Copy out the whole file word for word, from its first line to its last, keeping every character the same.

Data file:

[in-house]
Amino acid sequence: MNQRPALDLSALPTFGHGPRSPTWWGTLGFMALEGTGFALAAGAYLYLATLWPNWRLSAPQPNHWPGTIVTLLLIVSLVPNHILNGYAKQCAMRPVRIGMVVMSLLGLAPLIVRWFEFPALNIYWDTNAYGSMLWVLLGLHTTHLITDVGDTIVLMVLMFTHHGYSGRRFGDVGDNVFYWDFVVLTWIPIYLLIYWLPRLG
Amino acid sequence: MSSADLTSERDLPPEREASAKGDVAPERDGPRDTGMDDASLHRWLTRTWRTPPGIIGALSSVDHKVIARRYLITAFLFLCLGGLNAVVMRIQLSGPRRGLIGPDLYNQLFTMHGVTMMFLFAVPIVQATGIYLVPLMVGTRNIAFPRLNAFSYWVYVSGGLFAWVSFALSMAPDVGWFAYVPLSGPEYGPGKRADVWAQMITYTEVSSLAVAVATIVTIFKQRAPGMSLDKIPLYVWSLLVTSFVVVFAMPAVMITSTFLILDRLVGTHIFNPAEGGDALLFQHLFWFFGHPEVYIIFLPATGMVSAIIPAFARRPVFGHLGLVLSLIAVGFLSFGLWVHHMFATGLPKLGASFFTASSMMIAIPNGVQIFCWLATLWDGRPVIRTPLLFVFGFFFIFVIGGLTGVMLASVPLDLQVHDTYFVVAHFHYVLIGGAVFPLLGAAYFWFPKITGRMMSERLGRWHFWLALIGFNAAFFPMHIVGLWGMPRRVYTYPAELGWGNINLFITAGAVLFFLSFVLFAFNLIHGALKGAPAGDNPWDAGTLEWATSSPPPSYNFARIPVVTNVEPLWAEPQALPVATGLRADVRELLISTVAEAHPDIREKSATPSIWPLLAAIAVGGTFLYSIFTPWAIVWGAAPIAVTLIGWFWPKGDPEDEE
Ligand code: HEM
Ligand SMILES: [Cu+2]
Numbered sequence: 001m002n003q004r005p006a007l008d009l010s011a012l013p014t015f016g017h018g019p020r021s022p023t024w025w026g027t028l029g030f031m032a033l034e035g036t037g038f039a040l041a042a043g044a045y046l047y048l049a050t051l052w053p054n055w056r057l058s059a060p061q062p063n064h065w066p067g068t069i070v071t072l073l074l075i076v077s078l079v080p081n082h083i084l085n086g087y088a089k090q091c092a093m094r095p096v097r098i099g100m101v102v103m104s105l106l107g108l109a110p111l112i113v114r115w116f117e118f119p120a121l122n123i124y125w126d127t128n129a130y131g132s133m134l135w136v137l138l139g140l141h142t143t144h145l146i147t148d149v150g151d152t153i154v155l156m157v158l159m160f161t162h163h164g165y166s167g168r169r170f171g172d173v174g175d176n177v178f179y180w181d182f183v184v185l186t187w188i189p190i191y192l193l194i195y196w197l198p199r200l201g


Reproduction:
[in-house]
Amino acid sequence: MNQRPALDLSALPTFGHGPRSPTWWGTLGFMALEGTGFALAAGAYLYLATLWPNWRLSAPQPNHWPGTIVTLLLIVSLVPNHILNGYAKQCAMRPVRIGMVVMSLLGLAPLIVRWFEFPALNIYWDTNAYGSMLWVLLGLHTTHLITDVGDTIVLMVLMFTHHGYSGRRFGDVGDNVFYWDFVVLTWIPIYLLIYWLPRLG
Amino acid sequence: MSSADLTSERDLPPEREASAKGDVAPERDGPRDTGMDDASLHRWLTRTWRTPPGIIGALSSVDHKVIARRYLITAFLFLCLGGLNAVVMRIQLSGPRRGLIGPDLYNQLFTMHGVTMMFLFAVPIVQATGIYLVPLMVGTRNIAFPRLNAFSYWVYVSGGLFAWVSFALSMAPDVGWFAYVPLSGPEYGPGKRADVWAQMITYTEVSSLAVAVATIVTIFKQRAPGMSLDKIPLYVWSLLVTSFVVVFAMPAVMITSTFLILDRLVGTHIFNPAEGGDALLFQHLFWFFGHPEVYIIFLPATGMVSAIIPAFARRPVFGHLGLVLSLIAVGFLSFGLWVHHMFATGLPKLGASFFTASSMMIAIPNGVQIFCWLATLWDGRPVIRTPLLFVFGFFFIFVIGGLTGVMLASVPLDLQVHDTYFVVAHFHYVLIGGAVFPLLGAAYFWFPKITGRMMSERLGRWHFWLALIGFNAAFFPMHIVGLWGMPRRVYTYPAELGWGNINLFITAGAVLFFLSFVLFAFNLIHGALKGAPAGDNPWDAGTLEWATSSPPPSYNFARIPVVTNVEPLWAEPQALPVATGLRADVRELLISTVAEAHPDIREKSATPSIWPLLAAIAVGGTFLYSIFTPWAIVWGAAPIAVTLIGWFWPKGDPEDEE
Ligand code: HEM
Ligand SMILES: [Cu+2]
Numbered sequence: 001m002n003q004r005p006a007l008d009l010s011a012l013p014t015f016g017h018g019p020r021s022p023t024w025w026g027t028l029g030f031m032a033l034e035g036t037g038f039a040l041a042a043g044a045y046l047y048l049a050t051l052w053p054n055w056r057l058s059a060p061q062p063n064h065w066p067g068t069i070v071t072l073l074l075i076v077s078l079v080p081n082h083i084l085n086g087y088a089k090q091c092a093m094r095p096v097r098i099g100m101v102v103m104s105l106l107g108l109a110p111l112i113v114r115w116f117e118f119p120a121l122n123i124y125w126d127t128n129a130y131g132s133m134l135w136v137l138l139g140l141h142t143t144h145l146i147t148d149v150g151d152t153i154v155l156m157v158l159m160f161t162h163h164g165y166s167g168r169r170f171g172d173v174g175d176n177v178f179y180w181d182f183v184v185l186t187w188i189p190i191y192l193l194i195y196w197l198p199r200l201g